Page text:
Today’s How I Met Your Mother panel at the Television Critics Association press tour in Los Angeles was certainly less heated than, say, that of Two Broke Girls. But the lack of drama thankfully didn’t translate into lack of scoop.
In fact, executive producers Carter Bays and Craig Thomas were rather forthcoming about what’s coming up on their hit comedy, and (joined on stage by stars Alyson Hannigan and Jason Segel) dolled out some pretty good scoop on what’s to come. We’ve picked out the five best bits.
They’re not focused on the ending — but they know what it is
After being renewed for two seasons last May, Bays and Thomas say that the end is not “a high priority” for them. “I sort of feel like ‑‑ I don’t know if we can say just now when it’s going [to happen],” says Bays. “I would imagine, going into the final season of the show, we’d probably hip people to that and let them know, like, ‘Okay, we’re coming up on the end.’ But beyond that I think it would be hard to for us to say.” And Segel joked that the duo might not even have to announce it should the time come. “We have to see if the Mayans were right also… It might be Dec. 21, 2012, you’ll meet the mother.” The EP duo also reaffirmed what they’ve said several times — they know how the series will end. “We can’t really say one way or the other because that would kind of give it away. But yeah, I mean, it’s ‑‑ obviously this show is built around one central question, so that meeting will sort of be part of the endgame of the show,” Bays says. The pair have also not squashed talk of a possible spinoff, though they have no plans in the works.
Expect big Ted developments in February
Ted’s recent disinterest in the idea of marriage directly contradicts the overarching theme of the show (that Ted finds marital bliss). But that issue will be addressed in February with Ted doing some “soul-searching,” says Thomas. “We’re going to see Ted do exactly the assessment [that] ‘Boy, I’m years…past the moment that Marshall and Lily got engaged, and I’m still sort of out here looking.’ And he’s going to come up with what he thinks is the answer, and then we’re going to kind of explore whether it is the right answer for him.”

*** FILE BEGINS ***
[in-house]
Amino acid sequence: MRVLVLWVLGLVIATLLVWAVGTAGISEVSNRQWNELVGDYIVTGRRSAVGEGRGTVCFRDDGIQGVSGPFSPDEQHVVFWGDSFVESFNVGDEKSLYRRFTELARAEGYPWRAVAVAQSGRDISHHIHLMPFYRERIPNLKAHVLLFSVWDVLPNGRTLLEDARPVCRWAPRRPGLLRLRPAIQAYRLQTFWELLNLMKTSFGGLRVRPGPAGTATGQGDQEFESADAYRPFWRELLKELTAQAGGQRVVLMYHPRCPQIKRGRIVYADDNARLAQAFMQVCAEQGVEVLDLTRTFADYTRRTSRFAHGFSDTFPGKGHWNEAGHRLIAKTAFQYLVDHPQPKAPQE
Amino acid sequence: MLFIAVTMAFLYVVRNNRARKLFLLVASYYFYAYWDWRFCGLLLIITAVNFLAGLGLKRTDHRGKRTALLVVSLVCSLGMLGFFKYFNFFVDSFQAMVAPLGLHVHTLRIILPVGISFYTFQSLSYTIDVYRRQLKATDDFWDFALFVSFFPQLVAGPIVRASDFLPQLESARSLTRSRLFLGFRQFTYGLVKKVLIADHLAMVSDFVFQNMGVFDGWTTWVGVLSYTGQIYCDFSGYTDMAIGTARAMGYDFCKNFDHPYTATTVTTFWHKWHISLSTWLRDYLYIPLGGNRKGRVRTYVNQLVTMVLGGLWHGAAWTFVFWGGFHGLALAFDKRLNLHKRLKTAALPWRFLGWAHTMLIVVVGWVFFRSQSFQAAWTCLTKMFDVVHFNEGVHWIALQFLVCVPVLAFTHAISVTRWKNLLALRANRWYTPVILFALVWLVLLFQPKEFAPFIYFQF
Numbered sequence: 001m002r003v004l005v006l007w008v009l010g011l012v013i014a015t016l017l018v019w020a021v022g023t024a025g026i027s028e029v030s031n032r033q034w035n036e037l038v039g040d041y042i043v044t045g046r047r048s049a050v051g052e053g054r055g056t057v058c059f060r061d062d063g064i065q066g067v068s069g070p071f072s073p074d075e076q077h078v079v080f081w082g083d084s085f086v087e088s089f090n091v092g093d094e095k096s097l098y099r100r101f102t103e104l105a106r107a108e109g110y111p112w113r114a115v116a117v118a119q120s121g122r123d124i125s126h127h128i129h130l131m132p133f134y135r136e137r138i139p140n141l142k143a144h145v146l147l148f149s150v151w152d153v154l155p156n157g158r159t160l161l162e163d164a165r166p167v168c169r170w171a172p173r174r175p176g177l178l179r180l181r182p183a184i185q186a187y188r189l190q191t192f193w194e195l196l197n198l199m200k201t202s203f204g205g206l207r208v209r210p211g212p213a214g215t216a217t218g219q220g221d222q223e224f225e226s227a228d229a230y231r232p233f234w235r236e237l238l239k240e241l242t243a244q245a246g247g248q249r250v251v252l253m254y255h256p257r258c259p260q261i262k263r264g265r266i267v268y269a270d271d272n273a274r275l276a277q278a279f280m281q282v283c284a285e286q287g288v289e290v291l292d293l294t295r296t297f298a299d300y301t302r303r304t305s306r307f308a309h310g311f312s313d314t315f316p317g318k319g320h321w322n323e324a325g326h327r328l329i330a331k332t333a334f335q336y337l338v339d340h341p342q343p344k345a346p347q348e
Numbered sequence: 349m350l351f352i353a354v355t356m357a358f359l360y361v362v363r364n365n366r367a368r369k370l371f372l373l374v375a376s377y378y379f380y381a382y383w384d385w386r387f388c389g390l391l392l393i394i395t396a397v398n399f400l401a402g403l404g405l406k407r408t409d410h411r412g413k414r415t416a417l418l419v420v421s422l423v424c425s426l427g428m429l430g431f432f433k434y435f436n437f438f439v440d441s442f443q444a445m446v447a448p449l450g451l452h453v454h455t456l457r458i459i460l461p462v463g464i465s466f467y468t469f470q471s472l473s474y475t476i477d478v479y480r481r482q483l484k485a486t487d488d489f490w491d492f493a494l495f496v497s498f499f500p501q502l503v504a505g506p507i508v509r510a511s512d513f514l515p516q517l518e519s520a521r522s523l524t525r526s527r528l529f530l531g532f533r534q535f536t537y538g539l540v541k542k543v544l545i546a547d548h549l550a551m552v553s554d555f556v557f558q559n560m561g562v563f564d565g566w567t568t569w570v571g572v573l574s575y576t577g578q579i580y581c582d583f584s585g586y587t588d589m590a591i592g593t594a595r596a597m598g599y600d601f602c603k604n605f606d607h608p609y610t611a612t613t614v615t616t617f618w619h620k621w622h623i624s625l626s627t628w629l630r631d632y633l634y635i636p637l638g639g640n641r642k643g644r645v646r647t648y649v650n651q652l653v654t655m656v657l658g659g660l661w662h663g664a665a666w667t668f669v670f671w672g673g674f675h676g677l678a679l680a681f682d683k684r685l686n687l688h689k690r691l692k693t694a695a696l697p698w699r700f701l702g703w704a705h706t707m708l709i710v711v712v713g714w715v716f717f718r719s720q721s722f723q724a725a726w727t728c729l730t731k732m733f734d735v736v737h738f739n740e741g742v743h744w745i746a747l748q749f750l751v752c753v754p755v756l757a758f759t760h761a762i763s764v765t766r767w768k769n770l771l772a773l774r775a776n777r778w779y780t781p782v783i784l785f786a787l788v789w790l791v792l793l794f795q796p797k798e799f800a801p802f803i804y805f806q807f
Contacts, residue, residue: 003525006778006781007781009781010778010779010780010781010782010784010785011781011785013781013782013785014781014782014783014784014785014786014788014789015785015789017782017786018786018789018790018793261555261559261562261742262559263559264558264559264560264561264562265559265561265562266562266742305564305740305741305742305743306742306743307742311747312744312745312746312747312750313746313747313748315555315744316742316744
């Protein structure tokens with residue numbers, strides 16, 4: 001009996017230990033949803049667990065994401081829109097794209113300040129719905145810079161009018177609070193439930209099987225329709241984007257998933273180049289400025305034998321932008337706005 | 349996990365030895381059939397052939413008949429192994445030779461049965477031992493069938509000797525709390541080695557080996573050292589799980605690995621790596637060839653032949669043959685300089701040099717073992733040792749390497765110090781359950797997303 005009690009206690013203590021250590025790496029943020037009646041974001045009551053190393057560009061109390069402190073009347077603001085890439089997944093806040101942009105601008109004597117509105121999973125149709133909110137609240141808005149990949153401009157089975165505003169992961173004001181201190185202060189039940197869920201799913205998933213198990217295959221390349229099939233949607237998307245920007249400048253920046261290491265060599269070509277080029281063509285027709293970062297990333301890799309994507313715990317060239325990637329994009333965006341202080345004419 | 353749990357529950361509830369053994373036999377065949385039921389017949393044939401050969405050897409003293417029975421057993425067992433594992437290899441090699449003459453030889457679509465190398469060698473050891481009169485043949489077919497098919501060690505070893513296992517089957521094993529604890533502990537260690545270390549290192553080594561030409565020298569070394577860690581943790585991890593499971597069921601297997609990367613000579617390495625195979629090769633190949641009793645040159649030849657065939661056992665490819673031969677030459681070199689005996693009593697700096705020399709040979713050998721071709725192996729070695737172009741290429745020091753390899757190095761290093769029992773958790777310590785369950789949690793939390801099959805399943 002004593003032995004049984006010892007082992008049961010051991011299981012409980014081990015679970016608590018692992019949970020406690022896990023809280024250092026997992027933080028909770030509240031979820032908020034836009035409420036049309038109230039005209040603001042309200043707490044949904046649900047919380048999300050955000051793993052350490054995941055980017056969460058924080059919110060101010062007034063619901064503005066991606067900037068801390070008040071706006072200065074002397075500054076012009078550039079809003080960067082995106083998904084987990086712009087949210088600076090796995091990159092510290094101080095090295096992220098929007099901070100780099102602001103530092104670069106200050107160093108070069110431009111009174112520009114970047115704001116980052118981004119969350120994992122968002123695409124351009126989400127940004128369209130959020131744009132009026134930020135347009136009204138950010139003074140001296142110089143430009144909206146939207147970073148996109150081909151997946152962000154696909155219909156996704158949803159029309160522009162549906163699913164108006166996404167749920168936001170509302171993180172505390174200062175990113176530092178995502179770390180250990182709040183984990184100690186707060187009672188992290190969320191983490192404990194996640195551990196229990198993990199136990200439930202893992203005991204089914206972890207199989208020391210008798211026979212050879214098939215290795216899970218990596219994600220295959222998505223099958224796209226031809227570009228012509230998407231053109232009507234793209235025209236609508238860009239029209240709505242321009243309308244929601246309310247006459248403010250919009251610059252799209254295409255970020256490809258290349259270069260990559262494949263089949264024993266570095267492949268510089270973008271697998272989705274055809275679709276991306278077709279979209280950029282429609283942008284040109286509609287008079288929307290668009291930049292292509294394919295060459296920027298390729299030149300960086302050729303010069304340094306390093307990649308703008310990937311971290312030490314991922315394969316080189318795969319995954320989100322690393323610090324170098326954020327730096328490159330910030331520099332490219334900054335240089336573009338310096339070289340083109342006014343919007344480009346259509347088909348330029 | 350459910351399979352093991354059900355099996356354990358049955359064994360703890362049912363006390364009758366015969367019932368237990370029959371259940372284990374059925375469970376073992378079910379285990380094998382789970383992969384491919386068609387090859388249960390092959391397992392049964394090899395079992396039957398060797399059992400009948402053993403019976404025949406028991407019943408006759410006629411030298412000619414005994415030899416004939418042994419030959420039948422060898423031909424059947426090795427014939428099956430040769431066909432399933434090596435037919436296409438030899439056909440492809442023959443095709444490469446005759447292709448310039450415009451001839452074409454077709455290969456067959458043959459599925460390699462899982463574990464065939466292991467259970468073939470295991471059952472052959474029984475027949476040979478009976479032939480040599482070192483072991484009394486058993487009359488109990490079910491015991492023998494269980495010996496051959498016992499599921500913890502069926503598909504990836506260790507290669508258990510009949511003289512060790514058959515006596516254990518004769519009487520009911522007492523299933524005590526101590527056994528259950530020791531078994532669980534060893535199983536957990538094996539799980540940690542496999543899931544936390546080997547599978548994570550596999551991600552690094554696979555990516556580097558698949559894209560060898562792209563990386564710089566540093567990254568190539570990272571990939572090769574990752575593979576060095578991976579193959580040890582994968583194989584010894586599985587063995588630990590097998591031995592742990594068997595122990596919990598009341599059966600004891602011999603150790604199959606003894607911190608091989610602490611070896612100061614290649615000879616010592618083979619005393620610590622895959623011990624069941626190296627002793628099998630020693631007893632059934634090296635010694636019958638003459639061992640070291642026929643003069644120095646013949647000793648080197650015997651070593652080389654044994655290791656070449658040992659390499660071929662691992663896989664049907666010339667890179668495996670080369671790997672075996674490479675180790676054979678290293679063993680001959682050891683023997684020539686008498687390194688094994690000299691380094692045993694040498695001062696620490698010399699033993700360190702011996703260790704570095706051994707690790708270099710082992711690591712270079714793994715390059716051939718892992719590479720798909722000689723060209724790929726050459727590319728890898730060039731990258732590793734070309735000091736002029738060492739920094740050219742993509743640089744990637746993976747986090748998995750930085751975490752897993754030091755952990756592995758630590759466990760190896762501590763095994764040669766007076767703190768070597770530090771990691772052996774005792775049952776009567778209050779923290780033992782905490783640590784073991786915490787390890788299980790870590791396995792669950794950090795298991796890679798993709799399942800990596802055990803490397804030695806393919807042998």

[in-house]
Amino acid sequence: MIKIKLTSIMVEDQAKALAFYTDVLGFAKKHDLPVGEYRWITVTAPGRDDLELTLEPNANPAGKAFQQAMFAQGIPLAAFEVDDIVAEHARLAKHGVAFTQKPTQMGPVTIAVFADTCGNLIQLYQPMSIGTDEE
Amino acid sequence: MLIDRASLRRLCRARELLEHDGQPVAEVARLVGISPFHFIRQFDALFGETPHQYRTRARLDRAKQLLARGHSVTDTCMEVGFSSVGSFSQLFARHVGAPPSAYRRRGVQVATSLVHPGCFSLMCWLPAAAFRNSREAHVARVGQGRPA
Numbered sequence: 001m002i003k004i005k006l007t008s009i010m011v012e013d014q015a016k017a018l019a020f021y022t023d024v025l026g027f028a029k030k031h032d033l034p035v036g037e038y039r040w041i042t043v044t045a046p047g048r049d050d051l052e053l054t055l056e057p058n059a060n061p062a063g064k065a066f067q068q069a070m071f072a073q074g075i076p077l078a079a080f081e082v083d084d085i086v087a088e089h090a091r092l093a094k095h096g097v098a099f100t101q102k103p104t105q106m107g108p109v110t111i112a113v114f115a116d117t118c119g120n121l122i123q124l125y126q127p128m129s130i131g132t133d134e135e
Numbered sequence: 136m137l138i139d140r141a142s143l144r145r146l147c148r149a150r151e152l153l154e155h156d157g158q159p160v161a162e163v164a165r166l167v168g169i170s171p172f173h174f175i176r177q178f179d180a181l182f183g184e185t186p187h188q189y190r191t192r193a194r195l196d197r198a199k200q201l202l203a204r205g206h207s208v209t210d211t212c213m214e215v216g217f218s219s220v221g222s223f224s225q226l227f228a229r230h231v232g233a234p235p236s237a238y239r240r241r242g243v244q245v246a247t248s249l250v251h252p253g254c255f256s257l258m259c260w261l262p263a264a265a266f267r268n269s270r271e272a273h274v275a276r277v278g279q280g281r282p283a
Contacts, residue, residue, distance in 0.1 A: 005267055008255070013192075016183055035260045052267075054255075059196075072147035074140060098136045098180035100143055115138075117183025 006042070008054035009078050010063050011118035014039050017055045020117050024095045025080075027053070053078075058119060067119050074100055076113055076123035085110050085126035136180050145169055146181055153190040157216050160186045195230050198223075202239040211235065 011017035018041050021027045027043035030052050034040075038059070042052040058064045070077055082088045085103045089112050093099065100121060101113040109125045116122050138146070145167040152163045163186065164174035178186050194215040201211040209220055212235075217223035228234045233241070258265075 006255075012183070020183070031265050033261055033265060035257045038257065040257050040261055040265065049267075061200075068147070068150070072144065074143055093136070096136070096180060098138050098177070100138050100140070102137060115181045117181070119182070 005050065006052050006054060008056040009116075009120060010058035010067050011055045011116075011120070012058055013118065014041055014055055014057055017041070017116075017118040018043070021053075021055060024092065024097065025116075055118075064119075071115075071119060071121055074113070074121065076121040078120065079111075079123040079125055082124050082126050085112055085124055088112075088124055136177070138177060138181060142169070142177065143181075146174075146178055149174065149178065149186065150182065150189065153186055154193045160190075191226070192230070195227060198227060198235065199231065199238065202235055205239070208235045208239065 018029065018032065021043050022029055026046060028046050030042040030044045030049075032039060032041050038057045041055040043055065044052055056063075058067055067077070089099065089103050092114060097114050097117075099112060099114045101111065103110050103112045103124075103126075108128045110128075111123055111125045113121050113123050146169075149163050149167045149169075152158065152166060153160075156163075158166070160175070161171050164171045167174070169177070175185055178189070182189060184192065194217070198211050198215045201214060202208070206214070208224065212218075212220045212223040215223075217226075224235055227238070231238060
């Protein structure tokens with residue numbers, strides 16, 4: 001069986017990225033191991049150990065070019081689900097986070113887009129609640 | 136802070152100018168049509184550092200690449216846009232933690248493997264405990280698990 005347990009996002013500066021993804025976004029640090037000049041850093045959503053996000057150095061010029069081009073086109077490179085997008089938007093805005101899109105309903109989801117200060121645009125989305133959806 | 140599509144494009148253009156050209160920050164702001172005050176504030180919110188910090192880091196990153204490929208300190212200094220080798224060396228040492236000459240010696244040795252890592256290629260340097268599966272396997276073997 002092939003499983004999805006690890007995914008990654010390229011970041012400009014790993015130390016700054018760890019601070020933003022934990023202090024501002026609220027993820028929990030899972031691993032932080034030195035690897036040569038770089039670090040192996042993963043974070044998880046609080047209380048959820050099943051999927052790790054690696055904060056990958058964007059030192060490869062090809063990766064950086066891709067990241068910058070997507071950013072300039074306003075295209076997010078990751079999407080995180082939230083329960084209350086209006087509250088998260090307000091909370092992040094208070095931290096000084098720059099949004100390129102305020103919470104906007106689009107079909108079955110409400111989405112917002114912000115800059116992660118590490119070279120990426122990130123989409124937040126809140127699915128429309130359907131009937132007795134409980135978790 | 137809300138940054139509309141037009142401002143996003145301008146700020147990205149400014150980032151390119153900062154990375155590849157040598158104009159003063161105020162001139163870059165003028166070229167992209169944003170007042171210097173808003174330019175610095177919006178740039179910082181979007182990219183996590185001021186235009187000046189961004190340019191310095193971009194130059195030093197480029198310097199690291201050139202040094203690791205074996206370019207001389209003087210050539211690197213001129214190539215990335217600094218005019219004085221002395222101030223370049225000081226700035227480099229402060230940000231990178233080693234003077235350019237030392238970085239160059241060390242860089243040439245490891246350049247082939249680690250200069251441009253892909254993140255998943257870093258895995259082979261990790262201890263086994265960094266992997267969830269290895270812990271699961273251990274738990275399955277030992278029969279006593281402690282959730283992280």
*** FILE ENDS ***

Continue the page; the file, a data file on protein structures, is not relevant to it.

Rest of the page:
They have not cast the mother — and doing so is going to be a pain
How do you put a face to one of the most iconic characters in a series? Well, Bays and Thomas haven’t figured that out yet. “There is the one school of thought where you want her to turn around and she’s Jennifer Aniston because it has to be, like, a huge star, but maybe it should be someone we’ve never seen before,” says Bays. Jokingly (we think), Thomas lamented that Cobie Smulders “should have been the mother…. We screwed up.”
Marshall and Lily will continue to live in the suburbs, but…
“We’re definitely going to explore them realizing that it is a little bit isolating to be out in the suburbs, away from all their friends and the bar, and we’re going to see them deal with that in actually the next few episodes that will air,” says Thomas. “And I think we can say that it’s not necessarily a permanent stop, and there will be some fun, arc-y stuff with these two about that.” Meanwhile, Bays adds that viewers will also soon learn how they plan to keep the gang together in the bar while Lily’s pregnant. “It’s a real identity crisis when there’s a baby on the way, and I think we’re going to kind of explore that,” he says. “And I think moving to the suburbs was part of that for Marshall and Lily, sort of them falling into this role that seems like what you have to do when you have a baby on the way. And it’s partly true but I think they’ll find some happy medium.” Adds Thomas: “The episode that airs this coming Monday is all about how much sort of the two halves of the group now miss each other once they’ve moved out of there, so we pick right up on that.”
Lastly, don’t live in fear of more fake-outs
Finding out Robin’s conversation with her “children” was all a fantasy in the midseason finale — simply put — enraged some viewers. But Bays said Ted’s voice-over (courtesy of Bob Saget) has always been the North Star to the truth, and viewers should never forget that. “He’s never lied to us. He’s joked. He’s goofed around a couple times, but he’s always said when he’s joking,” says Bays. “We sort of take the stuff that he says kind of as gospel….I think people can trust what Bob Saget says.” But Hannigan sympathized with viewers’ frustrations. “I was so angry too,” she says. “But I mean, it’s because I care so much. It’s like, ‘Why are you making me cry at a table read?’ But that’s just how good it is.” (James Hibberd contributed to this report.)